Dempster is in the midst of a career year, boasting a league-best ERA at 2.11 and an impressive WHIP at 1.051. Those marks would both stand as career bests for Dempster, who's currently in his 15th season. Even with the current string of success, though, it's hard to imagine Dempster being a game-changer. He's a nice addition, yes, but his solid 15 starts this year seem to mask the fact that he's merely an above average pitcher.
The use of the term "merely" is because Dempster has suddenly been given more credit than he probably deserves. He's wheeling and dealing this season, no doubt, but giving up a valuable prospect for a 35-year-old that could turn out to be just a rental is always a risky investment, even if it helps address a major need.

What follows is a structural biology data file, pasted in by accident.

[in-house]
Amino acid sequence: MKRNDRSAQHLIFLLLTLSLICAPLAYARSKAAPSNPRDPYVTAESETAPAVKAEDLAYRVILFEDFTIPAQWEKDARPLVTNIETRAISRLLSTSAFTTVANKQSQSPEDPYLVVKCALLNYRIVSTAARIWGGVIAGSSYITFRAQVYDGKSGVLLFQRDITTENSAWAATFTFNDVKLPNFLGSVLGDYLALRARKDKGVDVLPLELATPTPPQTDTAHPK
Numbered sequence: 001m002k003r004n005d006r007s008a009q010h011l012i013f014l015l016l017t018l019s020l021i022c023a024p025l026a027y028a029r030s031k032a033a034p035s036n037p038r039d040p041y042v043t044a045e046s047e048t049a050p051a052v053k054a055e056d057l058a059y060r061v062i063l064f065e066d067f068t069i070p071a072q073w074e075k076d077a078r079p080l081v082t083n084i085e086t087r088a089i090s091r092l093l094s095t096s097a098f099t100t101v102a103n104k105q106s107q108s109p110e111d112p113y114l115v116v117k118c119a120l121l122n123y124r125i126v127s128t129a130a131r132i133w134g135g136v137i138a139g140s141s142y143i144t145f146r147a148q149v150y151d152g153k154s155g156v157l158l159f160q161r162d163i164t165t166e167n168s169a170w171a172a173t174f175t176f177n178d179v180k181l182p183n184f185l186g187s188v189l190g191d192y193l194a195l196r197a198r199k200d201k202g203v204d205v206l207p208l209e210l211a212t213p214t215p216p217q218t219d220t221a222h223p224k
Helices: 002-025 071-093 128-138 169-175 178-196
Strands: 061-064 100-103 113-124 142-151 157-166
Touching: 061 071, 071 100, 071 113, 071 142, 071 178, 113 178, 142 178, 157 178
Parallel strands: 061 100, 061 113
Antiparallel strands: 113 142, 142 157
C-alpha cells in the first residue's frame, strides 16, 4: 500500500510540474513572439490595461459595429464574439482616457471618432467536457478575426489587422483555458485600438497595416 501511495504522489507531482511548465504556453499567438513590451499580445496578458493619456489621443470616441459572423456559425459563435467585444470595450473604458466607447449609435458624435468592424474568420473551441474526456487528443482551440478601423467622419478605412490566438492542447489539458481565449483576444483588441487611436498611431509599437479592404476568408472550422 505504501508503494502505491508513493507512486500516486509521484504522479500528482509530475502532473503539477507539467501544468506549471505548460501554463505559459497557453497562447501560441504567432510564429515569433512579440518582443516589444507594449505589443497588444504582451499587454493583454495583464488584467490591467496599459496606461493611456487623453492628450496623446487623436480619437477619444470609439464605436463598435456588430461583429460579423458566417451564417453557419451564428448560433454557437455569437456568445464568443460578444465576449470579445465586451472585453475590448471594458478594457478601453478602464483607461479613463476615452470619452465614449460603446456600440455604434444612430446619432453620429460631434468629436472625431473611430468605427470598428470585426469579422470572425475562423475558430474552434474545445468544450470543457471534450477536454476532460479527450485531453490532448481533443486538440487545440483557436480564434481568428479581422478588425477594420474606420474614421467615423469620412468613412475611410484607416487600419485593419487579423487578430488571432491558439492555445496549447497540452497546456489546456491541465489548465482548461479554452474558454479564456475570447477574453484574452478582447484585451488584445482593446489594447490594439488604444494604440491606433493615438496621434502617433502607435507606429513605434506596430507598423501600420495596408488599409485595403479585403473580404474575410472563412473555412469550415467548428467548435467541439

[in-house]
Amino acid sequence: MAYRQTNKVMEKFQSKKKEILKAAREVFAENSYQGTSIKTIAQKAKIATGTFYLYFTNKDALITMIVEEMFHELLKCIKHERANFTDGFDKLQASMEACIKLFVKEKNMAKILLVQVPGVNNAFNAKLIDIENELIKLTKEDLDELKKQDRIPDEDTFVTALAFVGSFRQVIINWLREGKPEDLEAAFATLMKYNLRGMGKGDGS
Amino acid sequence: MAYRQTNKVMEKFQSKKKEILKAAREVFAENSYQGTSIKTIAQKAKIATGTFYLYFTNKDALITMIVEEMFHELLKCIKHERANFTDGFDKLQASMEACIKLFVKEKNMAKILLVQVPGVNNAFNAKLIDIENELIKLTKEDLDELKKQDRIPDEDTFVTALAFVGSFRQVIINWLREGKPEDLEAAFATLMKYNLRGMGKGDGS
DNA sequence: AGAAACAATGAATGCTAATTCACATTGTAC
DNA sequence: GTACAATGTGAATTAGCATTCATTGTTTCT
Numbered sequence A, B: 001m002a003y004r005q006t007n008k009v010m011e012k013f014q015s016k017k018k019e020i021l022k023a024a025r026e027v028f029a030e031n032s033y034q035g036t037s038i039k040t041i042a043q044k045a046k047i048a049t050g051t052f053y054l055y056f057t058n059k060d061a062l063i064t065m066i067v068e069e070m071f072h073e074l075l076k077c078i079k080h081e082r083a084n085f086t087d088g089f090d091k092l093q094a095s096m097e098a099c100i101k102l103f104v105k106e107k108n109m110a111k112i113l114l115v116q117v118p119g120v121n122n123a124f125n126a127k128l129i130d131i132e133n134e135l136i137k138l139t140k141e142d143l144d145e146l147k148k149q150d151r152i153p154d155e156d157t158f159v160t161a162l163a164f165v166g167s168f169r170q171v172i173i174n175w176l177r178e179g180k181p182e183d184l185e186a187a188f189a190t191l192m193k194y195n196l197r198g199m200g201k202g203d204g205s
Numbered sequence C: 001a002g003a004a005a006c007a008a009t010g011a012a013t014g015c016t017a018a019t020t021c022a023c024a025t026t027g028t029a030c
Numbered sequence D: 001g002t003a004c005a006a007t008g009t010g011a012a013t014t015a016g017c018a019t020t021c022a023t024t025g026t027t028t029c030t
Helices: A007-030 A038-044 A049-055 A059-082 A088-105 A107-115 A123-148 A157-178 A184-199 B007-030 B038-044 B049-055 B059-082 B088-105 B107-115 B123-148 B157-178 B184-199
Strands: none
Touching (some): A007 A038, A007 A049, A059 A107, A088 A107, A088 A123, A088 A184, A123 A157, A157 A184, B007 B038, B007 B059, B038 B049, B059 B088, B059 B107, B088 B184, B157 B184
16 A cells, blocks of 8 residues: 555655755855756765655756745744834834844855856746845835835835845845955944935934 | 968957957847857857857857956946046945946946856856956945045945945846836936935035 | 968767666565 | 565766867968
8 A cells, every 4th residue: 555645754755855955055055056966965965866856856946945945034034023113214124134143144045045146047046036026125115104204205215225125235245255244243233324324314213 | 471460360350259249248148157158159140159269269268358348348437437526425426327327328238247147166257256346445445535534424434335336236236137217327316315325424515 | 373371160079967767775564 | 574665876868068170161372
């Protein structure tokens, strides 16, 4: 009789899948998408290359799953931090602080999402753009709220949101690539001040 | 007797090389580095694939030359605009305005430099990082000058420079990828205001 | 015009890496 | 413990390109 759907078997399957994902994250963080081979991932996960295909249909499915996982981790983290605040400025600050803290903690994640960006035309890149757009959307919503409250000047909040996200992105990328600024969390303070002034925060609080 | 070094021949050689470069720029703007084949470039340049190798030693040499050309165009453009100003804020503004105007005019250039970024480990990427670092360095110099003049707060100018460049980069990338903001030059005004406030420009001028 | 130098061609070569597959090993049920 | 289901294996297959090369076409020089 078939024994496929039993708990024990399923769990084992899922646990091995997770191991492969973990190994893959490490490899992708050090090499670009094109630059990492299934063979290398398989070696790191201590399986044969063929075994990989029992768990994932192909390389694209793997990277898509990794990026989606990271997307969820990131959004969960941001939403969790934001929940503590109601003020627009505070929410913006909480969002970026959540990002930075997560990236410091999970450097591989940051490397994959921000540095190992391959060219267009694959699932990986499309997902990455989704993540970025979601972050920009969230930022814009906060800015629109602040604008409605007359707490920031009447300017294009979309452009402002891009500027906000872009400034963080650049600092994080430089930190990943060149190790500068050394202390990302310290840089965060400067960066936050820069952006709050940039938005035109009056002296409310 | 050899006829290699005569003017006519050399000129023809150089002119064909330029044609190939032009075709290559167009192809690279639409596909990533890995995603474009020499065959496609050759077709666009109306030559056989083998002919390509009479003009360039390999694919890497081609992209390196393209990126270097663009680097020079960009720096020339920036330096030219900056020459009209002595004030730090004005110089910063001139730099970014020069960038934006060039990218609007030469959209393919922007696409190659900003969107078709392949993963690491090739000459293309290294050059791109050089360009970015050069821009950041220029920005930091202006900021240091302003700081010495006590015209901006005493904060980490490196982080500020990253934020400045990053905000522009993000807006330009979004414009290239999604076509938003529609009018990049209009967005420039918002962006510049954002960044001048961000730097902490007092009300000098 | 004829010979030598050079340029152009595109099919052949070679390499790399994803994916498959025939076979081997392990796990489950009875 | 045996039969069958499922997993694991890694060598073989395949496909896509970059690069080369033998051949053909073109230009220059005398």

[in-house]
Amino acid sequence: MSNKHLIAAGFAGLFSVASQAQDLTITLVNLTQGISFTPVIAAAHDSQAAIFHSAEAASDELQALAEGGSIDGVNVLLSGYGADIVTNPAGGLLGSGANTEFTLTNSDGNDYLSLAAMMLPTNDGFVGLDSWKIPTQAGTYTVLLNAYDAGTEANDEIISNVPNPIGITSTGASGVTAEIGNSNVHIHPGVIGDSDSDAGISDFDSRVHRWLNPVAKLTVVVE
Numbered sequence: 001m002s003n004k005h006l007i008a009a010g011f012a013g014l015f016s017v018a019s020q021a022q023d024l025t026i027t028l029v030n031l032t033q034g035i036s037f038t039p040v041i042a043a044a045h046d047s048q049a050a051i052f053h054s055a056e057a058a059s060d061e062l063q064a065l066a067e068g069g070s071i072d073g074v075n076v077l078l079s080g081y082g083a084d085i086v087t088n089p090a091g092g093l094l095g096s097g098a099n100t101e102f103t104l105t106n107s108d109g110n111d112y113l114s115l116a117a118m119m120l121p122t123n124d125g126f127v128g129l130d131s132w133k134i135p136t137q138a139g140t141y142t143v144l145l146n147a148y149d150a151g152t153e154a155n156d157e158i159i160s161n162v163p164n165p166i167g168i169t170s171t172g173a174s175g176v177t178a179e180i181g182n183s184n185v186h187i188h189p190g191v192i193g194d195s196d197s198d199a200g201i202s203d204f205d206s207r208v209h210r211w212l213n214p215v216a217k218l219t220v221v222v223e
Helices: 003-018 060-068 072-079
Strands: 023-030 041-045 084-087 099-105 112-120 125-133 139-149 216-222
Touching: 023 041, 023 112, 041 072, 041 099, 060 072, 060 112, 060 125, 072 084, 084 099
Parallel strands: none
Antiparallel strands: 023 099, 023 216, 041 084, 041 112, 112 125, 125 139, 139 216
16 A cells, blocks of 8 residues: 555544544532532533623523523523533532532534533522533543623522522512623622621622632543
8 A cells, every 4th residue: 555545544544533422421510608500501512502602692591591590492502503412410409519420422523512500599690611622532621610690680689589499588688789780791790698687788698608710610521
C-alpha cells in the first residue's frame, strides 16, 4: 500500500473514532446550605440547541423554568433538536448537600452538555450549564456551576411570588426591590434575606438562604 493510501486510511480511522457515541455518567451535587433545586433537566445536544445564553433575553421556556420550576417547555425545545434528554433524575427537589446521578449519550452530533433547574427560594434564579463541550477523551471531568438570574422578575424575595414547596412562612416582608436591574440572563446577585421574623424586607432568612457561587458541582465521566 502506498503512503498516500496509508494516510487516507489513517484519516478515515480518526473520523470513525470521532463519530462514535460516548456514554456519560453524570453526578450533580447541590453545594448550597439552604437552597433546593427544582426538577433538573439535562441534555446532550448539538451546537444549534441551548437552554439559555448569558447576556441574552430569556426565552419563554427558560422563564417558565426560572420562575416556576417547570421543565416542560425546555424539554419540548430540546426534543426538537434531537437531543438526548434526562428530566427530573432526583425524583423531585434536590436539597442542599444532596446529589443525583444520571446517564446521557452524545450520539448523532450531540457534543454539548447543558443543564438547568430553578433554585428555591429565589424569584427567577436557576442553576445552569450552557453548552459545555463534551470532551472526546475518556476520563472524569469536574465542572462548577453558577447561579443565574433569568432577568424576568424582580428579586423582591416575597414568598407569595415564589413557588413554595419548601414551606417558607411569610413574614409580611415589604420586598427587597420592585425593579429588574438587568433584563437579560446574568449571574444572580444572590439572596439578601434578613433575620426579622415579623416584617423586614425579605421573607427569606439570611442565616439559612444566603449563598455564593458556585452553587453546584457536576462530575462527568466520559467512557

The Braves did have a major need. They currently sit 27th in the bigs in quality starts, 20th in WHIP, and clearly don't feature a daunting rotation by any stretch of the imagination. Tim Hudson is generally a reliable starter, but beyond him there's some question marks, especially since Brandon Beachy went down earlier this season.
With all of that considered, the Dempster deal not only makes plenty of sense for Atlanta, but it was quite necessary. It was hard to imagine the Braves playing into October with the rotation as it's constructed, even though stranger things have happened. Somewhere along the line, they were going to have to add a piece, and Dempster is a formidable one at that.
Nothing changes the fact that Dempster is unlikely to put the Braves over the top for a number of reasons, the most glaring of which is what stands in front of them. The Nationals' rotation is far superior to the Braves', and Dempster hardly changes matters, even if he closes the gap.
That's essentially what this move amounts to: closing the gap. That's all fine and good, but Braves fans would be wise to temper their expectations. Dempster or no Dempster, the NL East is Washington's to lose.
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